Forty-nine autumns ago, my parents drove me from my hometown of Upper Sandusky, Ohio, to Capital University. Since eighth grade I had felt a call to ministry and enrolling at Capital was a step in that vocational direction. We parked in the lot next to the Capital Law School, which in 1973 occupied the space that now houses Brassica and Bexley Urgent Care on the northeast corner of college and Main. As we carried boxes and bags across Main Street to Lehmann Hall, which stood on what is now the green space between Blackmore Library and Renner Hall, I nodded toward the seminary and I said to my mother, “If all goes well I’ll be there in four years.” All did go well. Very well in fact. After seminary, and a dozen years divided between graduate work at Princeton Theological Seminary and parish ministry in La Jolla, CA, I returned to Trinity twenty-nine autumns ago as a faculty member. I’ve been here ever since. And now the time has come to close this chapter of my life. On October 31 I will retire.
I think of my life as having three chapters. The first was preparing for my calling. The second was actually doing it. And now I am turning the page to author chapter three. And what will I do in retirement? That’s a question everyone seems to ask. And my answer is, “I’m not sure, but I’m reasonably intelligent and I’m pretty sure I can figure it out.” To begin, I’m going to embrace the rest of this academic year as sabbatical time. I’m looking forward to having time to ponder. Erik Erikson wrote that the stage of life I am entering is a time for “the acceptance of one’s own and only life cycle and of the people that have become significant to it as something that had to be and that, by necessity, permitted of no substitutions.” So I am going to ponder what has been.
Looking back over my time at Trinity, both as a student and as a faculty member, I’ll be pondering and giving thanks for significant people: the faculty who formed me as a student and those who became my faculty colleagues, staff who made so many things possible, and, of course, students.
My rough estimate (at which I arrived by counting faces on the photos in the Alumni Room) is that some 900 students have graduated from Trinity since I joined the seminary. A slightly rougher guess (because I never developed the knack for maintaining detailed gradebooks as Wally Taylor did) is that I had some 650 of those students in class or I-Group. If a study conducted a few years ago by the Association of Theological School is correct, that one person in ministry over a thirty-year span can influence the lives of 100,000 people, then it is possible that through the ministries of hundreds of Trinity graduates I may have indirectly influenced millions of lives.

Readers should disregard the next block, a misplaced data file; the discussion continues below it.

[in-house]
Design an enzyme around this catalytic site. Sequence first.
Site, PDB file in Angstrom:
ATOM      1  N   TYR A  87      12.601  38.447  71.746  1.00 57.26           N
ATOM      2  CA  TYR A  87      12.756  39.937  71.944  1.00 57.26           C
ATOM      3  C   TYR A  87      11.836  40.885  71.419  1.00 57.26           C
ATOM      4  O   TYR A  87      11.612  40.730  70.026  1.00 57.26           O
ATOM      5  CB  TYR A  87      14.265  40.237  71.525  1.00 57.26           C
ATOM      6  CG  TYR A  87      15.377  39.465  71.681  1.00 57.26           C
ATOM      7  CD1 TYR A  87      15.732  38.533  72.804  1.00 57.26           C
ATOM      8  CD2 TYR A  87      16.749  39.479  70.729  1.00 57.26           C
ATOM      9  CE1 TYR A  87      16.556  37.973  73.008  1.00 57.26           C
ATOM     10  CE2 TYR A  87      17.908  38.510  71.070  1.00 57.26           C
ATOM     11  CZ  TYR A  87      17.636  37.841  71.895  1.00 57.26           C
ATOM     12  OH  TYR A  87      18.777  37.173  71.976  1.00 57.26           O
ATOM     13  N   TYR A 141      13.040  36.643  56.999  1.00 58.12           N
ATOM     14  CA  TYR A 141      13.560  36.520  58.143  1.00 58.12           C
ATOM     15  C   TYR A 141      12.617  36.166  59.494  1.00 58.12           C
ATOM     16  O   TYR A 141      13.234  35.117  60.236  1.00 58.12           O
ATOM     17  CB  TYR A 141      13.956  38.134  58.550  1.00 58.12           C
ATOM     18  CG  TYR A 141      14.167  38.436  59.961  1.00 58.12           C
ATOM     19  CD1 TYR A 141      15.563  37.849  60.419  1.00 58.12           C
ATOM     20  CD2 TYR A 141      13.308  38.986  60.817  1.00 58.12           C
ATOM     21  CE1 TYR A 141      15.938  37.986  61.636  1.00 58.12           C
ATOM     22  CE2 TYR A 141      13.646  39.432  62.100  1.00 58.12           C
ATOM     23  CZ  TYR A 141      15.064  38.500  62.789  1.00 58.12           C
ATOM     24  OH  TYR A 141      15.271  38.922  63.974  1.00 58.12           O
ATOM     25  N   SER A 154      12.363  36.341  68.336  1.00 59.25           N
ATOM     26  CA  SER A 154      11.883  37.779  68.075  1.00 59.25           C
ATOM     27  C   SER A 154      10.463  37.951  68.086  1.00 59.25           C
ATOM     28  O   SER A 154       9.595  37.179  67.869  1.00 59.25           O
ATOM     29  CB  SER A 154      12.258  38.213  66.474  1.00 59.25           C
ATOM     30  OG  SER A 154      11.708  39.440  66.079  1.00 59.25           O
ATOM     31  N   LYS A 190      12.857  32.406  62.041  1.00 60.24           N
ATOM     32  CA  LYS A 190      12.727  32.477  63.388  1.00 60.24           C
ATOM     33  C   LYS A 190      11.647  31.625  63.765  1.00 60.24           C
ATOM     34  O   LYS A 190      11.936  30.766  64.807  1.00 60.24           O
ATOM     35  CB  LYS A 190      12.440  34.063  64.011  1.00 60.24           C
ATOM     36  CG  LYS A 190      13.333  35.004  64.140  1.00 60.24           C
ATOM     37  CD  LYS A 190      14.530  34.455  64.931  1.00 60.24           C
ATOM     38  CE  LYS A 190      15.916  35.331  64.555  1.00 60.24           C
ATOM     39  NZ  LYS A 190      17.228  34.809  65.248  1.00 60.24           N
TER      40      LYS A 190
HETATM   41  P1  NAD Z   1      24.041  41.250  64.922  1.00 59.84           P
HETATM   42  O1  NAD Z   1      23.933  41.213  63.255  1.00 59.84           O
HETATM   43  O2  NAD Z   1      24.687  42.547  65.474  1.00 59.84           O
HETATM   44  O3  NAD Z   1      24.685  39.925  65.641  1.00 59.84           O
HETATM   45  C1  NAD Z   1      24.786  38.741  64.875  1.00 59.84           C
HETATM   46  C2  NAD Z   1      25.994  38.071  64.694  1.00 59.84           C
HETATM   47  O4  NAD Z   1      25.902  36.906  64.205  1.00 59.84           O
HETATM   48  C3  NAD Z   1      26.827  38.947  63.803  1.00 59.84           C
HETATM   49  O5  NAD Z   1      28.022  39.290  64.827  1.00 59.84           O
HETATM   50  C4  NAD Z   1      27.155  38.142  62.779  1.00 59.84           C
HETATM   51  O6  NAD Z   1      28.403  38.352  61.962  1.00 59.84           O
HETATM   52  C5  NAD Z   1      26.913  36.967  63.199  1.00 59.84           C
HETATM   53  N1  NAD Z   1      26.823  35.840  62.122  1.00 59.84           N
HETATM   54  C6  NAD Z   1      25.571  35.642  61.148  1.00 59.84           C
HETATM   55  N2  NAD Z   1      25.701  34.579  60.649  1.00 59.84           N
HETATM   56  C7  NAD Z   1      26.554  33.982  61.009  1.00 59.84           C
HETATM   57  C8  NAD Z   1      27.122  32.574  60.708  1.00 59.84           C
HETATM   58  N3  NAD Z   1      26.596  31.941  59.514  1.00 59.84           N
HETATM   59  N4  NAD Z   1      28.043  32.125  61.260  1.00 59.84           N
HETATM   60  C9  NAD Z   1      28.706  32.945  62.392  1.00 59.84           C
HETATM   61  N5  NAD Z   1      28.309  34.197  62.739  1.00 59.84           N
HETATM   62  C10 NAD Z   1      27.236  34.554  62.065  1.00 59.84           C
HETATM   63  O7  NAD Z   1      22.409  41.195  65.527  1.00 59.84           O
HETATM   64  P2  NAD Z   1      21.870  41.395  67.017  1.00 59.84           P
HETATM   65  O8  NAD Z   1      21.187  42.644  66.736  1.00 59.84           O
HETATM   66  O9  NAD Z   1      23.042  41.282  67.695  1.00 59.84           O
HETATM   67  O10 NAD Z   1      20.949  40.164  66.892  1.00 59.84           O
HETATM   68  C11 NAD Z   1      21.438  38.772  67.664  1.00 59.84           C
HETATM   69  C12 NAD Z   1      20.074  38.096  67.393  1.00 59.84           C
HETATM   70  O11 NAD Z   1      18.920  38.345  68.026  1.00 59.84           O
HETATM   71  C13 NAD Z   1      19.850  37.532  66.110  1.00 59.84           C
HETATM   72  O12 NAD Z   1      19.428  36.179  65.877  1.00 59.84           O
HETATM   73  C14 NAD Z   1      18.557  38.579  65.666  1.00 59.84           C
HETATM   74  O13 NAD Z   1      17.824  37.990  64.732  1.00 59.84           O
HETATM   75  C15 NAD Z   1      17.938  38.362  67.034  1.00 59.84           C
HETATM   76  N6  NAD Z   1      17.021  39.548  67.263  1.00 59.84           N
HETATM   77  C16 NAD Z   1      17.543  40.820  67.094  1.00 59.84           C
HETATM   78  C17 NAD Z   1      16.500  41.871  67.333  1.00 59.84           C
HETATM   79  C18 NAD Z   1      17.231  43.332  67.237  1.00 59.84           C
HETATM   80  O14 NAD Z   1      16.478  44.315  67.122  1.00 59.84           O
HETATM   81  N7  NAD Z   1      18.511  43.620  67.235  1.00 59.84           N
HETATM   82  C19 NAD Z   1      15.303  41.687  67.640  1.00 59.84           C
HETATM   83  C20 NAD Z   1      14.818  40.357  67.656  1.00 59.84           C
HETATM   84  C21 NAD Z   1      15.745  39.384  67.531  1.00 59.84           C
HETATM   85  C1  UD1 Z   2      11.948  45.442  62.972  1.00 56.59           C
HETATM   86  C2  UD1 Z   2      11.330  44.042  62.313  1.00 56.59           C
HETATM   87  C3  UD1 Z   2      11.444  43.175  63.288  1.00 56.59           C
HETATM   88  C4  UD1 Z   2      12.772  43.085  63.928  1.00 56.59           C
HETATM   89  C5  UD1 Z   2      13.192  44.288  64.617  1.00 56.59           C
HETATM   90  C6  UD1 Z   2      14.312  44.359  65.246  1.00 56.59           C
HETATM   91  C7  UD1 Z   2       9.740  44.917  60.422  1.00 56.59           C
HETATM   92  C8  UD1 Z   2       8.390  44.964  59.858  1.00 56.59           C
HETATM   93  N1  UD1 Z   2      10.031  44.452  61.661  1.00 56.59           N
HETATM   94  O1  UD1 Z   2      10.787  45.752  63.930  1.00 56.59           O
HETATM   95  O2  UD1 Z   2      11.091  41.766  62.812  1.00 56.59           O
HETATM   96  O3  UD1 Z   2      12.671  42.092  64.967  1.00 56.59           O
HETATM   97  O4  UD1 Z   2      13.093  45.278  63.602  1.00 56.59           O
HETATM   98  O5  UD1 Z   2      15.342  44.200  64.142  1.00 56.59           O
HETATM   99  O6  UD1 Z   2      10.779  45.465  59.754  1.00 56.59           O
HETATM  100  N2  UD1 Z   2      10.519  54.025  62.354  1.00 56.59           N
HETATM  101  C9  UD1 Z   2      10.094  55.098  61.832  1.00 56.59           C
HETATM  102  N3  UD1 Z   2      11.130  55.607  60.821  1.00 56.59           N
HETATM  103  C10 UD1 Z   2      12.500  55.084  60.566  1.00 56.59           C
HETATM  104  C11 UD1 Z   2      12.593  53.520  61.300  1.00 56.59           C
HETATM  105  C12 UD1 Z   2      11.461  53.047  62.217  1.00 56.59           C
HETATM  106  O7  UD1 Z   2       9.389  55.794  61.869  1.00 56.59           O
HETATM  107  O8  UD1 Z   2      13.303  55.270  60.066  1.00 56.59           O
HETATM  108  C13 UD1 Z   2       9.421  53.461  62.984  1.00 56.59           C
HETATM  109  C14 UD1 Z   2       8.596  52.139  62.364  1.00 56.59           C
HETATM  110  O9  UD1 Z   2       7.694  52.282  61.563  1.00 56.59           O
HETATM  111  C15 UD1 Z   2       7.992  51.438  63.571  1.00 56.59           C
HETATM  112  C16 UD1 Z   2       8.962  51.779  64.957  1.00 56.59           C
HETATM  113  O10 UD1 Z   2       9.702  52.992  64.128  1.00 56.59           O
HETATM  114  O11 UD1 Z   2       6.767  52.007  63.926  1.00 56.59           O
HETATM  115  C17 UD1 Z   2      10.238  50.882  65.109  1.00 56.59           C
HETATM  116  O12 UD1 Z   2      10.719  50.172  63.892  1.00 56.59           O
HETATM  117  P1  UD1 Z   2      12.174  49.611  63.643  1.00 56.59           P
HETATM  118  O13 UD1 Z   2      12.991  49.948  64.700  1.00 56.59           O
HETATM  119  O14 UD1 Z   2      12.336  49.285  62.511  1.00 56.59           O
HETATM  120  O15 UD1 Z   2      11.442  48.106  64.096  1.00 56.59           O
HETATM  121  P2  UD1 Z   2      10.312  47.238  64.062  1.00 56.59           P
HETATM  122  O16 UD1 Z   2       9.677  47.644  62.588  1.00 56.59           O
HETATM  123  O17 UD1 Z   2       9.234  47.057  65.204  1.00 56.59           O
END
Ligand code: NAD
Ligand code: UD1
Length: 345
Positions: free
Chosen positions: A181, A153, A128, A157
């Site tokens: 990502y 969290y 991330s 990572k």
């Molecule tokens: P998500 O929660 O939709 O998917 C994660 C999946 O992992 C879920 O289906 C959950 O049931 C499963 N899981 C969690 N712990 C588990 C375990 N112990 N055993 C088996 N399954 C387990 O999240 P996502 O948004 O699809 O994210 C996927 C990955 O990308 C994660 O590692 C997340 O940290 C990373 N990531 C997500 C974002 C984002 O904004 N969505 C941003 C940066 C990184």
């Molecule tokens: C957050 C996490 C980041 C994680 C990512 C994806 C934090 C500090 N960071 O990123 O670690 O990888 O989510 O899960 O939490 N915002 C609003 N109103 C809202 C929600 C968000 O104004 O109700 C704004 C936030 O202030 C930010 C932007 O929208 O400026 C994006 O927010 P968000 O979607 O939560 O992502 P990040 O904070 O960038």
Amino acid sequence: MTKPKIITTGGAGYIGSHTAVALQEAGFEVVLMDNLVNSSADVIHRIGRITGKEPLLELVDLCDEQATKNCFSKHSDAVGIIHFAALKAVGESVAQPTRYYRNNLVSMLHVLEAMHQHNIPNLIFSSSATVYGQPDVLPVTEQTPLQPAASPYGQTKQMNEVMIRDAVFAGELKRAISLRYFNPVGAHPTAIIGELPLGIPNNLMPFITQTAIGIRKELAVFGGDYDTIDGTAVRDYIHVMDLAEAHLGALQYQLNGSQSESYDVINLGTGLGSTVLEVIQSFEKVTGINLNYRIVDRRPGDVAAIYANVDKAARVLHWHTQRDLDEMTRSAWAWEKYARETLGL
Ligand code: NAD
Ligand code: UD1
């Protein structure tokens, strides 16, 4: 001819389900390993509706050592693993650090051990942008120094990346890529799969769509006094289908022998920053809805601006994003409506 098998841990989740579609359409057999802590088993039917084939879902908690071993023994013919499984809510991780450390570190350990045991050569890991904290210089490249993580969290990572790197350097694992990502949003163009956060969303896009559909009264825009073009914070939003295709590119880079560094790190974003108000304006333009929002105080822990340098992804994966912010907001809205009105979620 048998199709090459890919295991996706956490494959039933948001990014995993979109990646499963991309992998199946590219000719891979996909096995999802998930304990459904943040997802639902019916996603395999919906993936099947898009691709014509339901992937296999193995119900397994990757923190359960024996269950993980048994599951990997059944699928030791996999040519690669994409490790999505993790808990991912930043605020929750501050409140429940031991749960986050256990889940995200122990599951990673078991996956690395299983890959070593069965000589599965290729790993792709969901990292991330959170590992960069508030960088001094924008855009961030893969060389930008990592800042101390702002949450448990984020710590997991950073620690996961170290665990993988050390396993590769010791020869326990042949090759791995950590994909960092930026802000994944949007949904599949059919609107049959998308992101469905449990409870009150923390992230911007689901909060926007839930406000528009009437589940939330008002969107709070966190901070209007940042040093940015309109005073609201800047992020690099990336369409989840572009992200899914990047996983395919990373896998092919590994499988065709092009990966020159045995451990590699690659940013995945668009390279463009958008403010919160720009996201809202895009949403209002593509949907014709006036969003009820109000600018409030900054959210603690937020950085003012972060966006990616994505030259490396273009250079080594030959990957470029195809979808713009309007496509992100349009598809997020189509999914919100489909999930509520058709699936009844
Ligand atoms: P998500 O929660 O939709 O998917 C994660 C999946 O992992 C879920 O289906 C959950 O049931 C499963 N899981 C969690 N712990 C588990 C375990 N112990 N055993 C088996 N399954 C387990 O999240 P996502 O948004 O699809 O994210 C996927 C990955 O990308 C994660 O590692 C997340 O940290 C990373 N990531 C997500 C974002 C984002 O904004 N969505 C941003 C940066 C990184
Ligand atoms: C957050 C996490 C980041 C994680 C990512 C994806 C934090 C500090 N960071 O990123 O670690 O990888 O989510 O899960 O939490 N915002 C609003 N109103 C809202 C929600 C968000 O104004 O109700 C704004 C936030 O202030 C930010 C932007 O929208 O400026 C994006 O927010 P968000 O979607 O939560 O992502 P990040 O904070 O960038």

I’ll also be pondering and giving thanks for significant events that I had a hand in shaping but that also shaped me: the transition from our one-year MIC program to our two-year LIC program, the renaming and reshaping of our “Introduction to Pastoral Care and Counseling” course to “Care of Souls,” my six and a half years as Academic Dean and the launching of our 2+2 internship program, the seminary’s acquisition by Capital and the building of relationships on the east side of College Avenue, the construction and dedication of the Meuser Courtyard, our becoming an RIC Seminary, opportunities to travel on behalf of the seminary – to Tanzania, Russia, Estonia, Germany.
And I am going to look ahead and ponder what the future, to the extent that I have any say in the matter, will be. I’m not bereft of ideas; I’ve filled more than a page in my journal with possibilities. I have a growing interest in cosmology and its implications for theology. The burgeoning literature on shame can keep me occupied as long as I want it to. Cooking, drawing, traveling, singing, and a lot of home projects all await exploration.
As I approach the beginning of chapter three I’m experiencing the feeling of being almost at the top of that first big hill on a roller coaster. There has been a lot of expectation on the climb. Next comes that liminal moment when you’re neither climbing nor descending but suspended in a brief pause at the apex. Then you’re off on a new adventure that combines exhilaration and terror in some unpredictable ratio.
It’s the unpredictable part that I find most exciting. My hope for the future – both my personal future and the future of the cosmos – rests not in what I can predict, or on whether any specific dreams I have come true. My hope is built on nothing less than Jesus, God with us. At the beginning of chapter three all I need to take for my own are the words of Julian of Norwich: “All shall be well, and all shall be well, and all manner of thing shall be well.”
To all of you who have made my journey so meaningful and memorable, thank you. And for all who are continuing your journey at Trinity, may deep meaning and lasting memories be yours as well.
– Brad Binau, TLS class of 1981 and soon-to-be-retired Professor of Pastoral Theology